About Nassau County, Florida
Nassau County was created in 1824 from Duval County. It was named for the Duchy of Nassau in Germany.
Law and government
Nassau County is governed by the five-member Nassau County Board of County Commissioners, who are elected to four-year terms by the voters. The terms are staggered so that either three or two commissioners (alternately) are up for election every two years.
The main environmental and agricultural body is the Nassau County Soil and Water Conservation District, which works closely with other area agencies.
Local law enforcement is conducted by the Nassau County Sheriff's Office.
According to the 2000 census, the county has a total area of 725.86 square miles (1,880.0 km2), of which 651.55 square miles (1,687.5 km2) (or 89.76%) s land and 74.30 square miles (192.4 km2) (or 10.24%) is water, much of it in the Atlantic Ocean. Fernandina Beach is located on Amelia Island, the county’s one inhabited island.
There are 12 distinct topographical zones in Nassau County. Most of these zones run in narrow bands stretching from north to south, although this is less true as one approaches the Atlantic coast.
Directly against the western border with Baker County, the topography ranges from fairly flat to slightly elevated. Drainage is poor and the soil is sandy.
Moving east, there are some areas (mostly in the northern and central county) of higher ground with much better drainage.
East of these areas are some lower places, especially in the south, that are level and have extremely poor drainage.
Eastward again, there is a stretch that ranges from a few miles in the extreme northern areas to about 6-8 miles (13 km) wide in the southern area, including Hilliard and much of County Road 108 and State Road 301. This area again has very poor drainage, low-lying land, and fairly sandy soil.
East of this are scattered areas of high, sandy land with spotty or poor drainage.
East of this, there is an area including Callahan with very sandy soil on top, and clay underneath. This section of the county is heavily permeated by small creeks and rivers, which bring with them low, poorly drained soils. This zone extends across the entire county from north to south at a fairly consistent width of about 3-4 miles (6.4 km), except in the north, where it widens to nearly 6 miles (9.7 km) across.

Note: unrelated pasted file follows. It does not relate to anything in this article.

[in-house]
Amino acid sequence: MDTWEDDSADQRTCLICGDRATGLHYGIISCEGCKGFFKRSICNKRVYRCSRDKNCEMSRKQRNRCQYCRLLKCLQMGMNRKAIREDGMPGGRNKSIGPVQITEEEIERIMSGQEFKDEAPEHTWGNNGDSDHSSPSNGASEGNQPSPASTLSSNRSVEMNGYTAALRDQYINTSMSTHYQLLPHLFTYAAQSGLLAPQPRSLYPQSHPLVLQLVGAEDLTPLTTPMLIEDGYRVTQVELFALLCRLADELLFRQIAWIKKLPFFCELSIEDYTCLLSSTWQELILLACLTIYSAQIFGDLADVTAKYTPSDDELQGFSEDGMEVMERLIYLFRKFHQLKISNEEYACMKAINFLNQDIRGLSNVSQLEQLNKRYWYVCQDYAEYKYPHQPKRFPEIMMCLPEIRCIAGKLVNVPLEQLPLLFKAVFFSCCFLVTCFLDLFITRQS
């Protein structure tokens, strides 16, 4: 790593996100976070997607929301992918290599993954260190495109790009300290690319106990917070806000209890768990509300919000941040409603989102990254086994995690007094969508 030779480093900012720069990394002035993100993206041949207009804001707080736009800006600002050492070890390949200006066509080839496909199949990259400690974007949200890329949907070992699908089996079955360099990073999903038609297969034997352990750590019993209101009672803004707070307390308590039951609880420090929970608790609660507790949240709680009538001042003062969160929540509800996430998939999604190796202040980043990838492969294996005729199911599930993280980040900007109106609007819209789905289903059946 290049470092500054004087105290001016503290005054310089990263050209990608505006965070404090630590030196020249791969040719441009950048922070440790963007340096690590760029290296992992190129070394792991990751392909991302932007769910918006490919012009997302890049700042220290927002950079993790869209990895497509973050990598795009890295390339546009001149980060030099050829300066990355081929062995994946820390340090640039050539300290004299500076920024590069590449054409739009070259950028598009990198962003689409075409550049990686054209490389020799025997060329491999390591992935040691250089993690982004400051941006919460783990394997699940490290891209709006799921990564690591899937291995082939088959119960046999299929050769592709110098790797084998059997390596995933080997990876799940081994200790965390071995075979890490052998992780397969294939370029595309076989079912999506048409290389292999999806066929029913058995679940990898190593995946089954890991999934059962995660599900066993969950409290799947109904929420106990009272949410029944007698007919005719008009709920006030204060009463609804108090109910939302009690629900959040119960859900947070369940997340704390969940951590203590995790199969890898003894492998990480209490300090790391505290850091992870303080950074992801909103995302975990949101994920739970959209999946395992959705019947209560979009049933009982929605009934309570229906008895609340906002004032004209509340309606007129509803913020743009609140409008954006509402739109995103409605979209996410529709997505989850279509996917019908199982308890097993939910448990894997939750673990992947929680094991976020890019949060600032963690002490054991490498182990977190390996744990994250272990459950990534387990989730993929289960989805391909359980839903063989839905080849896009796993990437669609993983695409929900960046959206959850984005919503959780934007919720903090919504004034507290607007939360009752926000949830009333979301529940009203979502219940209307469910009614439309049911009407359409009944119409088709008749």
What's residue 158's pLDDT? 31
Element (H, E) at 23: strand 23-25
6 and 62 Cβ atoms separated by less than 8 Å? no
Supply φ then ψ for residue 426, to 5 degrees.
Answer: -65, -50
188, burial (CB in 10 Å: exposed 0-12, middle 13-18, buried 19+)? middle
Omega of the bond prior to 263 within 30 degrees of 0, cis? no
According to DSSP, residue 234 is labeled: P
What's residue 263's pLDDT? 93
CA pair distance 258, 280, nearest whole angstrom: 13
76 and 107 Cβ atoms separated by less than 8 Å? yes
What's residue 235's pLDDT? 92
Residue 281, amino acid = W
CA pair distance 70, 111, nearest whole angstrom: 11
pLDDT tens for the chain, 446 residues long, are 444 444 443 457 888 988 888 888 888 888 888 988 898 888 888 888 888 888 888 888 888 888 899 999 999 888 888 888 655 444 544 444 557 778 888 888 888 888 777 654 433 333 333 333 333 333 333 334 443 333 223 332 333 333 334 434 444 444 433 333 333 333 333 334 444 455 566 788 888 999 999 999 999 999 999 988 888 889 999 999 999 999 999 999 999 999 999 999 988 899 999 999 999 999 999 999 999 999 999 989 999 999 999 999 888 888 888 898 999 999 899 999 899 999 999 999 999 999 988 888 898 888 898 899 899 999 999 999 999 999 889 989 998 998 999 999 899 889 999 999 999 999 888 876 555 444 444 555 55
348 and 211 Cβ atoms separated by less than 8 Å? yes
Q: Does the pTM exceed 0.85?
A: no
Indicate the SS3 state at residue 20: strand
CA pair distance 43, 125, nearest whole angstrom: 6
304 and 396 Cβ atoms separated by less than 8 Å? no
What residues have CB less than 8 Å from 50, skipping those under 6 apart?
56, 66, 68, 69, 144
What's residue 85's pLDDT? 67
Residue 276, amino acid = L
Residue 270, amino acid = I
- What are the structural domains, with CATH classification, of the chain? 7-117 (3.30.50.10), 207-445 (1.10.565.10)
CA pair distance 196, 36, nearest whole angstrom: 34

East of this area is a large band of land with a consistent width of about 8 miles (13 km). The land is low and level with extremely poor drainage, and it is permeated by small creeks and rivers. In the northern section, this is where some tributaries join the St. Marys River, while in the south a number of tributaries drain together into the Nassau River, which flows into the Nassau Sound and the Atlantic Ocean.
East of this area is a section of land about 3 miles (4.8 km) in width that has extremely sandy soils with bad drainage all around.
Further eastward is a large area, including Yulee and O'Neil, about 4 miles (6.4 km) in width, with poor drainage and sandy soil at higher elevations, pockmarked by large reas of low lands with even worse drainage.
To the south is an area of low-lying, organic soils which are essentially marshes and wetlands along the northern bank of the Nassau River, continuing into the Nassau Sound.
Still eastward and somewhat to the north is a large area of marshes and organic soils which characterize area wetlands. There are many small islands in this area, and it is permeated by the Bells River and Jolly River, which empty into the Cumberland Sound to the north, just below Cumberland Island.
Amelia Island, the easternmost section of the county, is characterized by poor drainage in the west and better drained, higher, sandier land as one travels eastward towards the beach. The northern area of the island features salty marshlands surrounding Egan’s Creek, which runs directly beneath Atlantic Boulevard in Fernandina Beach.
Camden County, Georgia - north
Duval County, Florida - south
Baker County, Florida - southwest
Charlton County, Georgia - west